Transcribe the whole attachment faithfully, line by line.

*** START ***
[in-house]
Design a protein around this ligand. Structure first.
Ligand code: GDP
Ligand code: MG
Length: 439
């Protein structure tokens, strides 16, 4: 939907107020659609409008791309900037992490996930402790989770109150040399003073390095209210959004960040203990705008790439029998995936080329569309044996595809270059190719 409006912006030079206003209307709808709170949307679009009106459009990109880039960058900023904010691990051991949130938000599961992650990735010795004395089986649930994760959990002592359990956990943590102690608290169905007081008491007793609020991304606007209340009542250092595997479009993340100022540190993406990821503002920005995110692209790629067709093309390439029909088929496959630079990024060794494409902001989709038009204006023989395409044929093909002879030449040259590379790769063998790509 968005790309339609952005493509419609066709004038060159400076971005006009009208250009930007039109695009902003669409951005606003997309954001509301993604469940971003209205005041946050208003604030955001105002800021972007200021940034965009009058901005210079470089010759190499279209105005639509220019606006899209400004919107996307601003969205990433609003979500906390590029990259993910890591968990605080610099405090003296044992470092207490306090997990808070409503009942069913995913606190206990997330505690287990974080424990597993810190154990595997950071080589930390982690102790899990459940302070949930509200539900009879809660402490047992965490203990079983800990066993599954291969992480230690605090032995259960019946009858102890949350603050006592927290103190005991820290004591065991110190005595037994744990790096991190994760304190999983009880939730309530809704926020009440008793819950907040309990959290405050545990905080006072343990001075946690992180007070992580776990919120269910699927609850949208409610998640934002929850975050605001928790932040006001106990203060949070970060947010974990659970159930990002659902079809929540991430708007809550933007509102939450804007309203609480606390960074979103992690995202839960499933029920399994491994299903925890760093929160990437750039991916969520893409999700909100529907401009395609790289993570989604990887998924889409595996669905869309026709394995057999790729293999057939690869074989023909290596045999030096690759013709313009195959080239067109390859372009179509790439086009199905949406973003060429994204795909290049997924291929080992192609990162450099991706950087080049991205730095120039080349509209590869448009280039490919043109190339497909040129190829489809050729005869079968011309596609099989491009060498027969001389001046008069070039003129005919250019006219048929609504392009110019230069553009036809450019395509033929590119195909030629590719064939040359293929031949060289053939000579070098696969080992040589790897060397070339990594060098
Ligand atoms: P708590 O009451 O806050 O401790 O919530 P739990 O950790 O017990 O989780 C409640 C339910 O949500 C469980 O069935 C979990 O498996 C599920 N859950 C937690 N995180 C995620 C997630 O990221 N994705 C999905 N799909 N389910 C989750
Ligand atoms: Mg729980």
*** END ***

[in-house]
Design a protein around this ligand. Structure first.
Ligand code: GDP
Ligand code: MG
Length: 439
């Protein structure tokens, strides 16, 4: 939907107020659609409008791309900037992490996930402790989770109150040399003073390095209210959004960040203990705008790439029998995936080329569309044996595809270059190719 409006912006030079206003209307709808709170949307679009009106459009990109880039960058900023904010691990051991949130938000599961992650990735010795004395089986649930994760959990002592359990956990943590102690608290169905007081008491007793609020991304606007209340009542250092595997479009993340100022540190993406990821503002920005995110692209790629067709093309390439029909088929496959630079990024060794494409902001989709038009204006023989395409044929093909002879030449040259590379790769063998790509 968005790309339609952005493509419609066709004038060159400076971005006009009208250009930007039109695009902003669409951005606003997309954001509301993604469940971003209205005041946050208003604030955001105002800021972007200021940034965009009058901005210079470089010759190499279209105005639509220019606006899209400004919107996307601003969205990433609003979500906390590029990259993910890591968990605080610099405090003296044992470092207490306090997990808070409503009942069913995913606190206990997330505690287990974080424990597993810190154990595997950071080589930390982690102790899990459940302070949930509200539900009879809660402490047992965490203990079983800990066993599954291969992480230690605090032995259960019946009858102890949350603050006592927290103190005991820290004591065991110190005595037994744990790096991190994760304190999983009880939730309530809704926020009440008793819950907040309990959290405050545990905080006072343990001075946690992180007070992580776990919120269910699927609850949208409610998640934002929850975050605001928790932040006001106990203060949070970060947010974990659970159930990002659902079809929540991430708007809550933007509102939450804007309203609480606390960074979103992690995202839960499933029920399994491994299903925890760093929160990437750039991916969520893409999700909100529907401009395609790289993570989604990887998924889409595996669905869309026709394995057999790729293999057939690869074989023909290596045999030096690759013709313009195959080239067109390859372009179509790439086009199905949406973003060429994204795909290049997924291929080992192609990162450099991706950087080049991205730095120039080349509209590869448009280039490919043109190339497909040129190829489809050729005869079968011309596609099989491009060498027969001389001046008069070039003129005919250019006219048929609504392009110019230069553009036809450019395509033929590119195909030629590719064939040359293929031949060289053939000579070098696969080992040589790897060397070339990594060098
Ligand atoms: P708590 O009451 O806050 O401790 O919530 P739990 O950790 O017990 O989780 C409640 C339910 O949500 C469980 O069935 C979990 O498996 C599920 N859950 C937690 N995180 C995620 C997630 O990221 N994705 C999905 N799909 N389910 C989750
Ligand atoms: Mg729980």